In my experience, this is probably the most difficult concept for Nice Guys to understand and accept about themselves. These men have been conditioned to believe that if they are ‘nice’, they will be loved, get their needs met, and have a smooth life.These recommendations conform to a general rule I advise following as much as you can: do not rely on any author who isn’t an actual expert specializing in a pertinent field, discussing actual empirical science or findings in the subject; or an author who is competently conveying what such men and women have written. If they still, after all that, are a terrible partner or you don’t really like being with that person, don’t. I am left to evaluate him just on a basis of philosophy and personal experience and the pertinent science I can reference, which is hardly scientific; I don’t need his book to do that. Trying to become what you believe others want you to be can be a product of selfishness, laziness, insufficient personal development as an adult, being on the antisocial personality spectrum, or any of a dozen other things. As another example, Glover insists “these men learned to hide their flaws and tried to become what they believed others wanted them to be,” but what is the difference between “hiding one’s flaws” and actually working to become a better person?

He makes a bunch of assertions about child psychology—and despite there being a vast literature on that subject, he never links anything he is saying to any of it. This can sound like permission to be selfish, putting yourself first, being pushy or demanding—and thus feeling justified in one’s “disappointment” when it doesn’t come through. If you are not taking women’s voices seriously, you’ve found your first failure-mode that you need to fix, stat. This kind of power not only successfully deals with problems, challenges and adversity, it actually welcomes them, meets them head-on, and is thankful for them. Glover describes the middle alternative thus: “An integrated man is able to embrace everything that makes him uniquely male: his power, his assertiveness, his courage, and his passion as well as his imperfections, his mistakes, and his dark side.Being assertive is not the same thing as being a selfish jerk; ergo being unassertive is not what it means to be nice. In one of the best selling self-help books of all time, Peck addresses issues of discipline, love and spirituality. Yet toxic ideas about masculinity driving their dysfunction are more frequently going to come from men than from women, don’t you think? landed its author, a certified marriage and family therapist, on The O'Reilly Factor and the Rush Limbaugh radio show.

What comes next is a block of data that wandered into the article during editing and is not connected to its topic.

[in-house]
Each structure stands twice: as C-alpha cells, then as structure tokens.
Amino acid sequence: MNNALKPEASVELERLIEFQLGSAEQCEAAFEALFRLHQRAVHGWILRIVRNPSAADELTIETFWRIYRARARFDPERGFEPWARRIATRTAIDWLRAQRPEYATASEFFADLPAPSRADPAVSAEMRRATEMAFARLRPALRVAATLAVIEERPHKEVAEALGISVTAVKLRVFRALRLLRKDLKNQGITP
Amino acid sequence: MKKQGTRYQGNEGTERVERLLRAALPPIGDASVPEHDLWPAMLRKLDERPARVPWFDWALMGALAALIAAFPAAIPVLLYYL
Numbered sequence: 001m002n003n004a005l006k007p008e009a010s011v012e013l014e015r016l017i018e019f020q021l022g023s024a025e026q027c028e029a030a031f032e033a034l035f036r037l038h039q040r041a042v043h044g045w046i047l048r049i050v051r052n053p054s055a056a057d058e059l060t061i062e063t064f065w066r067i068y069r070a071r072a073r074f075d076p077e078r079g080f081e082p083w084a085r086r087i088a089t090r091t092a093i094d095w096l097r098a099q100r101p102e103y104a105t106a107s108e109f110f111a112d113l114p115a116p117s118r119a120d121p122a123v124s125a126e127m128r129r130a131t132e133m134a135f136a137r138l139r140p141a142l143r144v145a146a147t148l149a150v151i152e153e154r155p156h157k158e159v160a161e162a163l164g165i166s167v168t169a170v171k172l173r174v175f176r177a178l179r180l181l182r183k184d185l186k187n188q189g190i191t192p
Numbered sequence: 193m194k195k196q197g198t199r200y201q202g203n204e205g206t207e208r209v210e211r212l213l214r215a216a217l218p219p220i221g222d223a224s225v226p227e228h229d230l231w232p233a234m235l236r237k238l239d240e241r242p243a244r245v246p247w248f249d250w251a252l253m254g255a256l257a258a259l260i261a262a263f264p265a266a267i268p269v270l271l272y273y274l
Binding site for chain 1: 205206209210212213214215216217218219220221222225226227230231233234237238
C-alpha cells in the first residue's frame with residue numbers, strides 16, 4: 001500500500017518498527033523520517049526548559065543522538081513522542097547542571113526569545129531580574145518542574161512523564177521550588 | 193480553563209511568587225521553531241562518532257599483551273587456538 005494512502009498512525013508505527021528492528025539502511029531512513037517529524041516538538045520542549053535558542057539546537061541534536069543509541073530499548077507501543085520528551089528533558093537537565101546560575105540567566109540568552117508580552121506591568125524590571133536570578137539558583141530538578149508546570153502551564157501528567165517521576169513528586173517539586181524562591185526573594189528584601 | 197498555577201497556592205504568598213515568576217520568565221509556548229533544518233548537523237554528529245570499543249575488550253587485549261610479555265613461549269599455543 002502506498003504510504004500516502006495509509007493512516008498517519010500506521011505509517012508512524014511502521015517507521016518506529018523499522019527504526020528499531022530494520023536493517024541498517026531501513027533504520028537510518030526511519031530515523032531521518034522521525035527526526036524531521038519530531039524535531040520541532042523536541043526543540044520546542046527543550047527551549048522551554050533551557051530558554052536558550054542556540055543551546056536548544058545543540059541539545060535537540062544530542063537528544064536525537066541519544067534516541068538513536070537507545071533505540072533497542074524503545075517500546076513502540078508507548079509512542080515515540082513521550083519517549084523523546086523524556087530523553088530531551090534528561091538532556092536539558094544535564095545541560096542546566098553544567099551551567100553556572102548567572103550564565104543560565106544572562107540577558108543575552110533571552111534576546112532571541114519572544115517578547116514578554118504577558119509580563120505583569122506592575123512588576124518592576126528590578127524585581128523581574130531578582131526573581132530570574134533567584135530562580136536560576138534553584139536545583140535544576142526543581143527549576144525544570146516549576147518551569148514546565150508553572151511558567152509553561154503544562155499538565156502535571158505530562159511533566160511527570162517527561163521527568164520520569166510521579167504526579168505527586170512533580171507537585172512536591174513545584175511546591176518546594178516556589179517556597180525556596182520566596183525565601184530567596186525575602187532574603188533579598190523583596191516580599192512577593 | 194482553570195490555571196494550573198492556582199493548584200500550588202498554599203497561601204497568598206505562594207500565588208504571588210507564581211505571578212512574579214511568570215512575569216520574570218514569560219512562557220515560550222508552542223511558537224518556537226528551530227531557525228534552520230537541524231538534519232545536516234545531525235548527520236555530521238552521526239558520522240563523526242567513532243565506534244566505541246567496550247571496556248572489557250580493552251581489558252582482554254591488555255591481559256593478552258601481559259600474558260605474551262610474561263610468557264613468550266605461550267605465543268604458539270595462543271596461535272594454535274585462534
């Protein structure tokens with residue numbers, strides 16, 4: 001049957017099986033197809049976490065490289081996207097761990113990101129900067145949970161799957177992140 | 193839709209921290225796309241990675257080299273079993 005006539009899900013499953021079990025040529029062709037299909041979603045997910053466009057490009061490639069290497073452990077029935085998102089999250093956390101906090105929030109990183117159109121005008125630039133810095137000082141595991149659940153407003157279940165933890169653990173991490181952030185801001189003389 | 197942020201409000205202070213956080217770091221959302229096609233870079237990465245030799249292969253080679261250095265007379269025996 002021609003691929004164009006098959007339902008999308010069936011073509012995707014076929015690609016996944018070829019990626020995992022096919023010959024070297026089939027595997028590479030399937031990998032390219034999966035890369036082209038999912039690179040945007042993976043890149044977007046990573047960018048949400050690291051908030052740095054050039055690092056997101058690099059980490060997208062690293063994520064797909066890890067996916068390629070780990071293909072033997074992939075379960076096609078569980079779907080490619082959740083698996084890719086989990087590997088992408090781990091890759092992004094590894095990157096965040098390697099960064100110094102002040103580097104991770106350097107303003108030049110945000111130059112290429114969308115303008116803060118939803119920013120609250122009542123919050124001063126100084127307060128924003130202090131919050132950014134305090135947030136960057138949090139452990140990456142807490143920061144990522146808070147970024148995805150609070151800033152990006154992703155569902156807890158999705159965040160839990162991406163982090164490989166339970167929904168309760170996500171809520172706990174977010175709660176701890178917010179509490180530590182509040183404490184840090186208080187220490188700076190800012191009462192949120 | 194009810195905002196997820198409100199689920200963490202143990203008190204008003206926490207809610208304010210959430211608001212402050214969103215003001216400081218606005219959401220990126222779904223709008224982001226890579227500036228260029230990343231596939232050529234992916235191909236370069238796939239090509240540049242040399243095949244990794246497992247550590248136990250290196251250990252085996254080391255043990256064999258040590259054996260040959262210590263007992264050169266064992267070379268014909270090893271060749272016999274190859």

And for all these reasons, because they think they are “nice” but are actually being treated like the person they actually are (the one who is doing all that other stuff) rather than being loved and approved of as they expect, Nice Guys also have pent-up anger and resentment issues. There is some trite “love yourself for who you are” psychobabble here, which has the merit of being sort of true, but easily misconstrued as saying something just as toxic as the attitudes Glover is trying to correct. Life won't always be smooth, it may not always be pretty, but it will be an adventure – one not to be missed.I tell Nice Guys, "no one was put on this planet to meet your needs” (except their parents – and their job is done). But confidence in yourself as a person is not the same thing as self-respect, and neither of those are the same thing as “body image. The only positive thing I can say about it is that what he draws up as bad mostly is indeed bad (no one should be ticking any of the boxes in his Nice Guy profile) and most of what he draws up as better is indeed better (with some misses and ambiguities I’ve already made note of). He cites no scientific basis for this concept, as a thing or its cause, nor ever explains what age of children he is even talking about—children change substantially in their worldview and egocentricity as they age, but Glover seems unconcerned with such distinctions, and continually uses anecdotal examples that conflate adolescence with childhood, and childhood with infancy, which is all suggestive of a lack of scientific rigor to anything he is doing here. As another example of what I mean, Glover says, “Trying to be ‘good’—trying to become what he believes others want him to be—is just one of many possible scripts that a little boy might form as the result of childhood abandonment experiences and the internalization of toxic shame.